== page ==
Increased Arctic militarism has been catalyzed by environmental change, particularly the increasing navigability and accessibility of historically ice-covered waters. When the Arctic Ocean was frozen for most of the year, states had little incentive to quarrel over minor disagreements. Disputed Arctic boundaries had little effect on core national interests, and states were unwilling to destabilize the global strategic balance or risk their diplomatic relations. As sea ice has receded, however, states have paid greater attention to the delimitation of their Arctic maritime boundaries and worked to settle disputes. This has coincided with the need to submit claims to their extended continental shelves within ten years of ratifying the UN Convention on the Law of the Sea (UNCLOS). Norway and Russia negotiated their maritime boundary in the Barents Sea in 2010, but disputes remain between Canada and Greenland (Denmark) and Canada and the United States. There is also overlap between the Canadian, Danish, and Russian claims to their extended continental shelves. Though expected to be resolved through negotiation under UNCLOS, cooperation in determining their extended continental shelves is one area that might be strained by the deterioration in Western-Russian relations, and their outcome remains uncertain.
In addition to the symbolic value of certain Arctic geographies, notably the North Pole (Mazo, 2014), states’ interest in asserting and expanding their Arctic sovereignty is motivated by achieving the greatest possible control of Arctic resources. At stake are shipping lanes, fisheries, and hydrocarbons, the latter estimated to be 90 billion barrels of oil and 46 trillion cubic metres of natural gas, representing 13% and 30% of undiscovered global resources, respectively (Gautier et al., 2009). Major conflicts are unlikely given doubt over the technical feasibility of developing these resources, the collapse in the market price of oil, and because most are thought to lie in undisputed sovereign territory. In practice, many disputes continue to be ignored, and all Arctic states emphasize the absence of conventional military threats in the region and reaffirm their commitments to peaceful resolution of Arctic disputes. Nevertheless, for some, Arctic resources remain central to their national economic security. Thus, while there is little evidence climate change will directly result in interstate violence, the opening of the Arctic has led to a renewed emphasis on military activity, and the prospect of resource wealth has raised the stakes for states asserting and defending their Arctic sovereignty claims. As shown by the cases of Canada and Norway, Arctic states identify security issues related to national defence, sovereign territoriality, and natural resource extraction.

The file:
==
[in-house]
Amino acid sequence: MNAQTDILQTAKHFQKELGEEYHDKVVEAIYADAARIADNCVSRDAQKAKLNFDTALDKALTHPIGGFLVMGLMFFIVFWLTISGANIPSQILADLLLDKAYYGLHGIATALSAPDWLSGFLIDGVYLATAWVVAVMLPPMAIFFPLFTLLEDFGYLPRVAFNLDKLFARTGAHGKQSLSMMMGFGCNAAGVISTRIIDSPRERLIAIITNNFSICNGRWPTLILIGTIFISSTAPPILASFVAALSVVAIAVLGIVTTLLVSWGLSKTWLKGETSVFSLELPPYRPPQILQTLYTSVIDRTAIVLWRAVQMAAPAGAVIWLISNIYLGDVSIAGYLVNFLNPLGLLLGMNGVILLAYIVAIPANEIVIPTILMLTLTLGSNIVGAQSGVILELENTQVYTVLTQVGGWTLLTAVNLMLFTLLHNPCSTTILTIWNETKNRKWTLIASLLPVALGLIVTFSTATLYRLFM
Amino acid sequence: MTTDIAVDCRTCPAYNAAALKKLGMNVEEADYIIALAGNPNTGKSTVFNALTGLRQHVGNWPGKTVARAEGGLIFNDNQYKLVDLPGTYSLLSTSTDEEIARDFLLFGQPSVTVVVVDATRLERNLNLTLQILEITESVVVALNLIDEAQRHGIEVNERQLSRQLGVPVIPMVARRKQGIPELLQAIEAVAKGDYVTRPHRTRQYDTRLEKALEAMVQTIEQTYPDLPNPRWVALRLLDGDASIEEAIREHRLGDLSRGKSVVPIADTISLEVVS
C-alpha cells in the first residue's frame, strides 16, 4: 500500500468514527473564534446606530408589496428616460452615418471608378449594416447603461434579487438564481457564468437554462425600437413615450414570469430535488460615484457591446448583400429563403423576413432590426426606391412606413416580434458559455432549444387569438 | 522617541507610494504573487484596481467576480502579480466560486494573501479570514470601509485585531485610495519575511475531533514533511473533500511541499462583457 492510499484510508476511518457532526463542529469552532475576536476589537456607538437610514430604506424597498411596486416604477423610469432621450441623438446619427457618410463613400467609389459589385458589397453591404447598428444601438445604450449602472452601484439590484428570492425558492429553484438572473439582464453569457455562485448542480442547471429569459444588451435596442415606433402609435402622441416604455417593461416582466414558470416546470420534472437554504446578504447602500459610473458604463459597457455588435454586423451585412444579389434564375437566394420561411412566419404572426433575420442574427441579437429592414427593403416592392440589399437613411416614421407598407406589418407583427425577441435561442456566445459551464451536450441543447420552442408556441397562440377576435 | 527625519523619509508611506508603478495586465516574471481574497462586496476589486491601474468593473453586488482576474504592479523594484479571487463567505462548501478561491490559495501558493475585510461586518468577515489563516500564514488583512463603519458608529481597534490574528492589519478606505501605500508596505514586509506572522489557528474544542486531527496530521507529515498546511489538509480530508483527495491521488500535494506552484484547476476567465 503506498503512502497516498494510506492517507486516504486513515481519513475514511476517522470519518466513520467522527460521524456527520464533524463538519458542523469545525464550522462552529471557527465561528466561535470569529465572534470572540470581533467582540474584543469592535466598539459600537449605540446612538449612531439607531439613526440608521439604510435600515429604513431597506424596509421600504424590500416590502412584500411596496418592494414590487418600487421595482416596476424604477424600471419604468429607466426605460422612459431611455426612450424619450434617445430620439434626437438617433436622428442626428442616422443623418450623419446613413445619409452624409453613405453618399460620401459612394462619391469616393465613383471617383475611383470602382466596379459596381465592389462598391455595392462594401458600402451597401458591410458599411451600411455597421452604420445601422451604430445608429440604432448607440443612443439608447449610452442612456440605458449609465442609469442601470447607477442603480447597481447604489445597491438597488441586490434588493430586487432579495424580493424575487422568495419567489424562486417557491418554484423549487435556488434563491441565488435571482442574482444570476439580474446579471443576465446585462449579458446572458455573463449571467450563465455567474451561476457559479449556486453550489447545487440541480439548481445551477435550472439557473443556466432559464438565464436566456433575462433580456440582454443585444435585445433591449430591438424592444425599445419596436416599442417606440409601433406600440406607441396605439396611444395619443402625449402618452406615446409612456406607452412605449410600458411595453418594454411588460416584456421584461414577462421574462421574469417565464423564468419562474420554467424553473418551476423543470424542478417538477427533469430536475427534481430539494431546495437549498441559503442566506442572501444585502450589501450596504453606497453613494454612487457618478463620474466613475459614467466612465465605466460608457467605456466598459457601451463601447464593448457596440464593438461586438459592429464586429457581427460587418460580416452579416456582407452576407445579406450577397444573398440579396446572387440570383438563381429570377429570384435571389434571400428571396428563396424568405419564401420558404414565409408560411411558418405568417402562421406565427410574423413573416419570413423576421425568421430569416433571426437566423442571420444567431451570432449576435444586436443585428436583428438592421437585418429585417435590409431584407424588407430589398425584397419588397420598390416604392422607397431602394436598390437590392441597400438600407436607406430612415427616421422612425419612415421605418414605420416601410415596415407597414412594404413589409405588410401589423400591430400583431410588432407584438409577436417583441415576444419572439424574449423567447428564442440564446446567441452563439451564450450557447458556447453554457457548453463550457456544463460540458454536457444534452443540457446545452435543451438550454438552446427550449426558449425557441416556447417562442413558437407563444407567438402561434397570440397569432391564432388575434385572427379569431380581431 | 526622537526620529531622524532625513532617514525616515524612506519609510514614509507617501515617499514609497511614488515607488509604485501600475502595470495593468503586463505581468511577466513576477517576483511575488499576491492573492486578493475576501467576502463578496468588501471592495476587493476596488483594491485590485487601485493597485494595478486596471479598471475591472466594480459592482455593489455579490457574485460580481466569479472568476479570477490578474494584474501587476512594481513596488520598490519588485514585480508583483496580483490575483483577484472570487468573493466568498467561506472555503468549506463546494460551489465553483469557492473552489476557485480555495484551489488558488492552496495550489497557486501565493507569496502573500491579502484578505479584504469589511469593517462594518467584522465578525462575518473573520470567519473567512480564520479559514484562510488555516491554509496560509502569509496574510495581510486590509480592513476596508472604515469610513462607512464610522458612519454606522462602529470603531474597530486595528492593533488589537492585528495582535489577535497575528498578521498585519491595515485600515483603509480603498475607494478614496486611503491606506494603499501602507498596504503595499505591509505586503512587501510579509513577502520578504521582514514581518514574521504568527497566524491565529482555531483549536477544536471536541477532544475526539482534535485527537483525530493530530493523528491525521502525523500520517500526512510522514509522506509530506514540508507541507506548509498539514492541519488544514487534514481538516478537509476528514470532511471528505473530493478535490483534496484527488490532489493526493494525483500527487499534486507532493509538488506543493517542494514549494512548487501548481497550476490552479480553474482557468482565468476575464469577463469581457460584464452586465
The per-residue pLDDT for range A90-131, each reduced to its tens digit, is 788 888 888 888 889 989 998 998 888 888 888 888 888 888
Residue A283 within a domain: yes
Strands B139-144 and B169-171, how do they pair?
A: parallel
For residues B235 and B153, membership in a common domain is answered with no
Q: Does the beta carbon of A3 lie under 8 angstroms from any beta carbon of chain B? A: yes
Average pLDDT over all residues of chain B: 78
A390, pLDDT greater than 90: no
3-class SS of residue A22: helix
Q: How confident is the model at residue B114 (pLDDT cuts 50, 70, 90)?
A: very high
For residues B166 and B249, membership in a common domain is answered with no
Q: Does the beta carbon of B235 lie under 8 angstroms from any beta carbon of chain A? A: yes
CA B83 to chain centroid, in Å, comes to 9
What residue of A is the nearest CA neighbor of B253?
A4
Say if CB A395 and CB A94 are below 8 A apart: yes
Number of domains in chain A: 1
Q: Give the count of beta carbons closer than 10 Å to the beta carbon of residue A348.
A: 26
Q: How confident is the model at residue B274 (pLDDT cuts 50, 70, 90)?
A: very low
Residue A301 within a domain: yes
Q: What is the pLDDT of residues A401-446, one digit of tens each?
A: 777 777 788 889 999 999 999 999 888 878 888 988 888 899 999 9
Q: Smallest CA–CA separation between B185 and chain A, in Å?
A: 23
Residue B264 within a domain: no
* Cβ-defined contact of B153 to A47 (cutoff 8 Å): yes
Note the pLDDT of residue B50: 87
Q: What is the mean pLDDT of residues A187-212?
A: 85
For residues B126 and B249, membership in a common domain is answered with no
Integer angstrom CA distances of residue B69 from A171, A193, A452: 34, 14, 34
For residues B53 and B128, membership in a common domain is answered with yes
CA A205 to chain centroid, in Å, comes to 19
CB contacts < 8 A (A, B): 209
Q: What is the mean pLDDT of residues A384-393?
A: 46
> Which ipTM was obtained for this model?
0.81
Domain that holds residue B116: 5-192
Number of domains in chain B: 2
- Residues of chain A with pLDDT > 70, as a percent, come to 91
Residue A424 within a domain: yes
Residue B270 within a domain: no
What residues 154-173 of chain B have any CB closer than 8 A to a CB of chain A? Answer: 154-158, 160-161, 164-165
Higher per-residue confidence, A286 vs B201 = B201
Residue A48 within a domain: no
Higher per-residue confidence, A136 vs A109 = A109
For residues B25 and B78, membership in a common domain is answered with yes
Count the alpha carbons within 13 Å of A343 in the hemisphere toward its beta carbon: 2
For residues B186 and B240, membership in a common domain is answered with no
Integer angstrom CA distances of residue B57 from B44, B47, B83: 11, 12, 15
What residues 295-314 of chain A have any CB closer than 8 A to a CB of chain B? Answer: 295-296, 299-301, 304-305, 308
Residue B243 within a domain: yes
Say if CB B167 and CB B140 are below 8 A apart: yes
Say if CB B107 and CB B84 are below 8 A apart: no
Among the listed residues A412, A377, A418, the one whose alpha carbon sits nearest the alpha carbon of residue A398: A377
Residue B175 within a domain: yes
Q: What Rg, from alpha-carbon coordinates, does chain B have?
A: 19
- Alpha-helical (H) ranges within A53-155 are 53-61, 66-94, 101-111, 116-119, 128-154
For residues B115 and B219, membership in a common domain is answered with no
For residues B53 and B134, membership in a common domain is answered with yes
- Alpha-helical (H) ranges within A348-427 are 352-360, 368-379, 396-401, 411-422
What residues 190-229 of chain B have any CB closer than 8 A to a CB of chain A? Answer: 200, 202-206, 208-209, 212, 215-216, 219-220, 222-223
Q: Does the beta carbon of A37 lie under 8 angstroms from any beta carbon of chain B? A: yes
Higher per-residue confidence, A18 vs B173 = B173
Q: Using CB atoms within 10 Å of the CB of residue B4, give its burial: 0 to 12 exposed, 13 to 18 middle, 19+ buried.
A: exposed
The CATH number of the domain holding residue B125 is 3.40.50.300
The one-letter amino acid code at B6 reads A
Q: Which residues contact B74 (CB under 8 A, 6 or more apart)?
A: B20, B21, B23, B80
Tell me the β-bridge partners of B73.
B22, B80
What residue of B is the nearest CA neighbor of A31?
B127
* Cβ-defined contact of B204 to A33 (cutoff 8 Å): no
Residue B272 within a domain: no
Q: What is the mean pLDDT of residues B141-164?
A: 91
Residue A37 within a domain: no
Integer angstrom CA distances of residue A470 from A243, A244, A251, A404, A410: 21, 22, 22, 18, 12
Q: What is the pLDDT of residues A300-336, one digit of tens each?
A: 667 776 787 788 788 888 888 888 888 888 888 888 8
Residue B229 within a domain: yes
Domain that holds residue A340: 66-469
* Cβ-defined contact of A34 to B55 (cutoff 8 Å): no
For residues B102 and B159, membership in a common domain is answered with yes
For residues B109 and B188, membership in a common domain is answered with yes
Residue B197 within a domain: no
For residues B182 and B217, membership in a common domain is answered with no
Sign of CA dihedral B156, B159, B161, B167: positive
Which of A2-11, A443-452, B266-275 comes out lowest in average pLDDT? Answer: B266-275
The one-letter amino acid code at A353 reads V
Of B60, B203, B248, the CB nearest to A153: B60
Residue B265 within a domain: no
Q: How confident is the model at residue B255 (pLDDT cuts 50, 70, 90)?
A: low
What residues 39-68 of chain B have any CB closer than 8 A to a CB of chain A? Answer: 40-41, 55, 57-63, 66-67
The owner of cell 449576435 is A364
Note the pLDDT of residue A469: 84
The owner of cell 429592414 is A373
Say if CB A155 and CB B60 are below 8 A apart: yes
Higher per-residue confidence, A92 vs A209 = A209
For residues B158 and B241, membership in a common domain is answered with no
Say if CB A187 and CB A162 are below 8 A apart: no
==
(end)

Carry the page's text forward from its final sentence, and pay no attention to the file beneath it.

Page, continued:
Arctic Security in Canada and Norway
Over the past decade, Canada’s official understanding of Arctic security has been based on two linked pillars (Canada, 2010; 2009; 2008). The first pillar asserts the need for increased military defence of Canada’s Arctic in the face of potential challenges. It implies sovereignty over Canada’s Arctic lands and waters remains unsettled under international law and threatened by geopolitical rivals, requiring investment in new military capabilities and a greater Northern military presence. Specifically, the previous Conservative government depicted Canada’s sovereignty over the Northwest Passage as endangered, and a resurgent and expansionary Russia as its primary Arctic antagonist (Dodds, 2011; Lackenbauer, 2010). When recent government expenditures and activities in the North are examined, sovereignty – understood as the military defence of Canadian territory – is clearly the priority.